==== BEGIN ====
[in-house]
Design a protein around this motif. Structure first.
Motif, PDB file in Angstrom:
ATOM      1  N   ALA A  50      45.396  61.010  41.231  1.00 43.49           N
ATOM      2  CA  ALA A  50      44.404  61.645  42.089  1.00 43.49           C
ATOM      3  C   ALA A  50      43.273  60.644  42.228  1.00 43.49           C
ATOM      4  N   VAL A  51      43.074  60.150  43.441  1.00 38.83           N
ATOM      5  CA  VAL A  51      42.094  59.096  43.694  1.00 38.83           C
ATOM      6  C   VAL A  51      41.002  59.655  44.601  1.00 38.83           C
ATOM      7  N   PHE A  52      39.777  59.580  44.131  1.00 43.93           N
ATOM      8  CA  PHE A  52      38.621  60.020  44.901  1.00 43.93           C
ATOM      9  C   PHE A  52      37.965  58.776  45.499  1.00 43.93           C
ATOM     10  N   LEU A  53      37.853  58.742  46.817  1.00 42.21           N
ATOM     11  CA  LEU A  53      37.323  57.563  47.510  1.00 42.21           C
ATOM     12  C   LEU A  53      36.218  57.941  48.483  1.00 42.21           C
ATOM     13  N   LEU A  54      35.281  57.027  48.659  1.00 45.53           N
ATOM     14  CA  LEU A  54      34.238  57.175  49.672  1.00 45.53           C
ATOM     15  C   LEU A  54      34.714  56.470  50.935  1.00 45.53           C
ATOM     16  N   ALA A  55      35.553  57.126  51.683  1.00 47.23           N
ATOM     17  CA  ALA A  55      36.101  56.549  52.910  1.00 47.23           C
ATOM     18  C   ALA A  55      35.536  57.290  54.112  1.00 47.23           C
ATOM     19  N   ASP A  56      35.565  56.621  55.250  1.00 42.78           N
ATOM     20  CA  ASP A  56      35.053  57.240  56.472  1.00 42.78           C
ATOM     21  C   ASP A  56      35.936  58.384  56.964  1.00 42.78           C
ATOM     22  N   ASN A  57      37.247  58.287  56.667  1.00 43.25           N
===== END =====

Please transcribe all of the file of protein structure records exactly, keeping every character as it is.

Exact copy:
[in-house]
Design a protein around this motif. Structure first.
Motif, PDB file in Angstrom:
ATOM      1  N   ALA A  50      45.396  61.010  41.231  1.00 43.49           N
ATOM      2  CA  ALA A  50      44.404  61.645  42.089  1.00 43.49           C
ATOM      3  C   ALA A  50      43.273  60.644  42.228  1.00 43.49           C
ATOM      4  N   VAL A  51      43.074  60.150  43.441  1.00 38.83           N
ATOM      5  CA  VAL A  51      42.094  59.096  43.694  1.00 38.83           C
ATOM      6  C   VAL A  51      41.002  59.655  44.601  1.00 38.83           C
ATOM      7  N   PHE A  52      39.777  59.580  44.131  1.00 43.93           N
ATOM      8  CA  PHE A  52      38.621  60.020  44.901  1.00 43.93           C
ATOM      9  C   PHE A  52      37.965  58.776  45.499  1.00 43.93           C
ATOM     10  N   LEU A  53      37.853  58.742  46.817  1.00 42.21           N
ATOM     11  CA  LEU A  53      37.323  57.563  47.510  1.00 42.21           C
ATOM     12  C   LEU A  53      36.218  57.941  48.483  1.00 42.21           C
ATOM     13  N   LEU A  54      35.281  57.027  48.659  1.00 45.53           N
ATOM     14  CA  LEU A  54      34.238  57.175  49.672  1.00 45.53           C
ATOM     15  C   LEU A  54      34.714  56.470  50.935  1.00 45.53           C
ATOM     16  N   ALA A  55      35.553  57.126  51.683  1.00 47.23           N
ATOM     17  CA  ALA A  55      36.101  56.549  52.910  1.00 47.23           C
ATOM     18  C   ALA A  55      35.536  57.290  54.112  1.00 47.23           C
ATOM     19  N   ASP A  56      35.565  56.621  55.250  1.00 42.78           N
ATOM     20  CA  ASP A  56      35.053  57.240  56.472  1.00 42.78           C
ATOM     21  C   ASP A  56      35.936  58.384  56.964  1.00 42.78           C
ATOM     22  N   ASN A  57      37.247  58.287  56.667  1.00 43.25           N